Fostering Economic Growth
A DISCUSSION OFMake America Great Again
Robert Solow famously developed the field of growth economics by demonstrating that what he termed technological and related innovation was the dominant causative factor in economic growth. Only 211 years after publication of the iconic Wealth of Nations, Solow in 1987 was awarded the Nobel Prize in Economic Sciences for finally identifying the long-invisible monster in the economics room: a demonstrated theory of economic growth. But there was a catch-22 imbedded in his efforts; he found that economic growth was “exogenous” to the approaches of his still-dominant economic school of neoclassical economics. The elements and variables behind innovation were simply too complex to fit within more simplistic, metrics-driven neoclassical theories. Of course, an economics school without a functioning theory of growth appeared entirely unacceptable to many, and a group of “New Growth Theory” economists, led initially by Paul Romer, worked to make growth theory “endogenous,” to put it into an analytical, neoclassical box. But this has proven to be a very hard problem, and economists have gone off on more manageable projects such as behavioral economics.
Gregory Tassey remains one of the small number of card-carrying economists still pursuing economic growth policy. His succinct article “Make America Great Again” (Issues, Winter 2018)—which is more of a cri de coeur—lays out an analysis of the failure of the past decade of national economic policy, particularly the past year of it, to focus on the underlying necessities for renewal of American economic growth. As he notes, the nation’s economy has been beset with low growth—and behind that is low productivity growth and behind that is low investment in capital plant, equipment, and technology. This low growth is breaking us apart: there is a dramatic increase in income and asset inequality and a declining middle class in a nation founded on the ideas that everybody gets better, the next generation is better off than the last. This economic success has been at the heart of America’s democratic experiment. But now we seem to be systematically striving to leave our working class behind by failing to advance a broad-based, innovation-based growth agenda that might create the societal resources that could put them ahead again.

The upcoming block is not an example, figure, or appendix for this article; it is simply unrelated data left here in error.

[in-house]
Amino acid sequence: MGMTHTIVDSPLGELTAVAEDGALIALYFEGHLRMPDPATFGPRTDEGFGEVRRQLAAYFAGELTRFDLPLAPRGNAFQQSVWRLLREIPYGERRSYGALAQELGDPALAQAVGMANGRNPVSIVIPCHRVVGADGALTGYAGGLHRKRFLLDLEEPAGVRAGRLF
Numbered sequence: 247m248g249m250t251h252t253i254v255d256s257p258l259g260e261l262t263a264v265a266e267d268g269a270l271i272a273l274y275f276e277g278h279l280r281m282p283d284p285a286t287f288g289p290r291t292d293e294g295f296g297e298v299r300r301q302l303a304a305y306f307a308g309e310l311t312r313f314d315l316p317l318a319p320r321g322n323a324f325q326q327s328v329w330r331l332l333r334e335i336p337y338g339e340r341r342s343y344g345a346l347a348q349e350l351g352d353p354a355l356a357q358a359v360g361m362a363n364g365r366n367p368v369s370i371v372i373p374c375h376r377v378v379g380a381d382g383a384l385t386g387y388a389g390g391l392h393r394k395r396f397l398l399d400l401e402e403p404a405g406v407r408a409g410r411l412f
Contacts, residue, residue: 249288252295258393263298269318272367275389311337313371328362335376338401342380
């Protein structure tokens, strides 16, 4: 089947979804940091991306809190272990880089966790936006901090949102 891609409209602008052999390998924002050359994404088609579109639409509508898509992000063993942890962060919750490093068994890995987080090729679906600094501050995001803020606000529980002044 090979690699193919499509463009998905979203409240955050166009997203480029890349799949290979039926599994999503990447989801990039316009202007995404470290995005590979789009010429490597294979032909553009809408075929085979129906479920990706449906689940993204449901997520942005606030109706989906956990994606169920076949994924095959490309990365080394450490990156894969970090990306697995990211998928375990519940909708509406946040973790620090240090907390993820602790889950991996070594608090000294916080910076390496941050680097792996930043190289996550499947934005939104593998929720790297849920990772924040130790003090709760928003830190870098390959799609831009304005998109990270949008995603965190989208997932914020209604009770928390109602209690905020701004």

Tassey finds fault with the political parties, neither of which seems to “get” the basics of the growth economics that he lays out. How did the political parties completely miss growth economics? As John Maynard Keynes famously wrote, “Practical men who believe themselves to be quite exempt from any intellectual influence, are usually the slaves of some defunct economist.” Our political parties appear to have locked-in long ago on classical economics. The politics of each is organized around one of the two dominant factors that classical economics thought (wrongly) was behind growth: capital supply and labor supply. Republicans have focused on capital supply, with its leaders returning again and again to the popular political well of lowering marginal tax rates. Democrats focus on labor supply: improving education, health, and income in labor markets. Neither of these are bad pursuits; they are still significant. But they miss the monster in the room that Solow and Romer—and Tassey—want us to understand: technological innovation and its role in technology-driven growth.
In 2005 the economist Benjamin Friedman’s noted book, The Moral Consequences of Economic Growth, showed from international studies that periods of higher economic growth tend to be accompanied historically by more tolerance, optimism, and egalitarian perspectives, while periods of declining economic growth are characterized by pessimism, nostalgia, xenophobia, and violence. Today, though the American upper middle class is doing fine, the remainder, as Tassey’s data indicate, has been in decline. Unless growth agendas such as Tassey’s are followed, we’re in for a difficult time; we now are seeing that the social externalities of economic well-being are affecting the American working class.
William B. Bonvillian
Lecturer at MIT
Author (with Peter L. Singer) of Advanced Manufacturing, The New American Innovation Policies(2018)